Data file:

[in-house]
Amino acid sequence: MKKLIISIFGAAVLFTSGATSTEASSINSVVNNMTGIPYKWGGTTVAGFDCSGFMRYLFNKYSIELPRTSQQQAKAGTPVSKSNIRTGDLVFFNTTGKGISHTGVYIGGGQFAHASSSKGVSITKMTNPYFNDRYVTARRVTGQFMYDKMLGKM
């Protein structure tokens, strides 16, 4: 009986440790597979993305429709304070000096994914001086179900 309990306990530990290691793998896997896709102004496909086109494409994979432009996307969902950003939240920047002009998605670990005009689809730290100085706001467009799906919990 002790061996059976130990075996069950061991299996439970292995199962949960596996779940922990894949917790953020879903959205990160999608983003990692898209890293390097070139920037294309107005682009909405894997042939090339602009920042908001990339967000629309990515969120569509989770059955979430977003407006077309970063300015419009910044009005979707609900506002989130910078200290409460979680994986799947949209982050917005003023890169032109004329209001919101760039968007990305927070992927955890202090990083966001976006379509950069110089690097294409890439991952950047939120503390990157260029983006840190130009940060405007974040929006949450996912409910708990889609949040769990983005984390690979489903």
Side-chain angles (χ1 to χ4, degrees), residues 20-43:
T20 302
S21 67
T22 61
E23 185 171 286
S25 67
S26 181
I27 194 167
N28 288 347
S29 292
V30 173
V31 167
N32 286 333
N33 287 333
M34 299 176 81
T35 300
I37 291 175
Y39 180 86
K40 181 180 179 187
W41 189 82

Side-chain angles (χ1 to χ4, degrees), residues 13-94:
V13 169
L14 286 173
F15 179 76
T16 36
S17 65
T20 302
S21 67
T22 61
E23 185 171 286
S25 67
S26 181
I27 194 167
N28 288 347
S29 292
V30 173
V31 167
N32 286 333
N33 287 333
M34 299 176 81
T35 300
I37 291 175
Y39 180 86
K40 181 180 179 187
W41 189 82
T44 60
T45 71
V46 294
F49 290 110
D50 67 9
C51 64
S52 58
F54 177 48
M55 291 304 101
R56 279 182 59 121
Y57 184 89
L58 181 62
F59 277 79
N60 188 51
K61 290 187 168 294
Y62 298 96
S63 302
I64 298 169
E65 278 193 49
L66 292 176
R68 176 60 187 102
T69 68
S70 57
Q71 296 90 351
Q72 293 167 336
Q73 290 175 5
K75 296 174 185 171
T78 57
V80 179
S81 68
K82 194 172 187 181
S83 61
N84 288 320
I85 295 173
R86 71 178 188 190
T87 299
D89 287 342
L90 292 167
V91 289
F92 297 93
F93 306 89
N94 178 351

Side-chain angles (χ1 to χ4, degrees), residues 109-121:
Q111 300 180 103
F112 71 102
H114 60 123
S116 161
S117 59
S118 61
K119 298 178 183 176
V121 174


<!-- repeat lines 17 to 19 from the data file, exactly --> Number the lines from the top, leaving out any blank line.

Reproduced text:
N33 287 333
M34 299 176 81
T35 300